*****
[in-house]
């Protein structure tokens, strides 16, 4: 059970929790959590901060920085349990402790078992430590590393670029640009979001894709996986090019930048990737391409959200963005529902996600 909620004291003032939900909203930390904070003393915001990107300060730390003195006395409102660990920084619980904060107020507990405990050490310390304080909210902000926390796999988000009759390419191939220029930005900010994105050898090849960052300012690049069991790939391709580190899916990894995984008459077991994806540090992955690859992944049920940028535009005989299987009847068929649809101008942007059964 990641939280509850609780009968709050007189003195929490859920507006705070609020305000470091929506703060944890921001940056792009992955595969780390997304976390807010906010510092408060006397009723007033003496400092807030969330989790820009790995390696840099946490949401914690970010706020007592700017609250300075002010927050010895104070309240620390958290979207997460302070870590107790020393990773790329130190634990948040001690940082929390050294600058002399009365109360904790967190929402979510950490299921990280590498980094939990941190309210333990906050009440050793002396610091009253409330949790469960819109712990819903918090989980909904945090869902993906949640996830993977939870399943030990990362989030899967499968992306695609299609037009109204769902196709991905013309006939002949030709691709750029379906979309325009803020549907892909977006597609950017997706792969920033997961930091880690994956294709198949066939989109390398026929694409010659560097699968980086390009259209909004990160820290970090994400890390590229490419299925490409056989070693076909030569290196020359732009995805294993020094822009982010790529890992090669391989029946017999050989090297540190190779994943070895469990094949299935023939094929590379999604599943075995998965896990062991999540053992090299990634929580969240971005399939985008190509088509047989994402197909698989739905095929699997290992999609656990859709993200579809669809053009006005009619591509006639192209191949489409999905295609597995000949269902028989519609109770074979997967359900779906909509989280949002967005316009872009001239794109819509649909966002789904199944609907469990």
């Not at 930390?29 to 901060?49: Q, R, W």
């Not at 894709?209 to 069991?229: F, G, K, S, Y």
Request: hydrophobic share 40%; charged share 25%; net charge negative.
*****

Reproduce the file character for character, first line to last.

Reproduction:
[in-house]
């Protein structure tokens, strides 16, 4: 059970929790959590901060920085349990402790078992430590590393670029640009979001894709996986090019930048990737391409959200963005529902996600 909620004291003032939900909203930390904070003393915001990107300060730390003195006395409102660990920084619980904060107020507990405990050490310390304080909210902000926390796999988000009759390419191939220029930005900010994105050898090849960052300012690049069991790939391709580190899916990894995984008459077991994806540090992955690859992944049920940028535009005989299987009847068929649809101008942007059964 990641939280509850609780009968709050007189003195929490859920507006705070609020305000470091929506703060944890921001940056792009992955595969780390997304976390807010906010510092408060006397009723007033003496400092807030969330989790820009790995390696840099946490949401914690970010706020007592700017609250300075002010927050010895104070309240620390958290979207997460302070870590107790020393990773790329130190634990948040001690940082929390050294600058002399009365109360904790967190929402979510950490299921990280590498980094939990941190309210333990906050009440050793002396610091009253409330949790469960819109712990819903918090989980909904945090869902993906949640996830993977939870399943030990990362989030899967499968992306695609299609037009109204769902196709991905013309006939002949030709691709750029379906979309325009803020549907892909977006597609950017997706792969920033997961930091880690994956294709198949066939989109390398026929694409010659560097699968980086390009259209909004990160820290970090994400890390590229490419299925490409056989070693076909030569290196020359732009995805294993020094822009982010790529890992090669391989029946017999050989090297540190190779994943070895469990094949299935023939094929590379999604599943075995998965896990062991999540053992090299990634929580969240971005399939985008190509088509047989994402197909698989739905095929699997290992999609656990859709993200579809669809053009006005009619591509006639192209191949489409999905295609597995000949269902028989519609109770074979997967359900779906909509989280949002967005316009872009001239794109819509649909966002789904199944609907469990």
């Not at 930390?29 to 901060?49: Q, R, W």
């Not at 894709?209 to 069991?229: F, G, K, S, Y």
Request: hydrophobic share 40%; charged share 25%; net charge negative.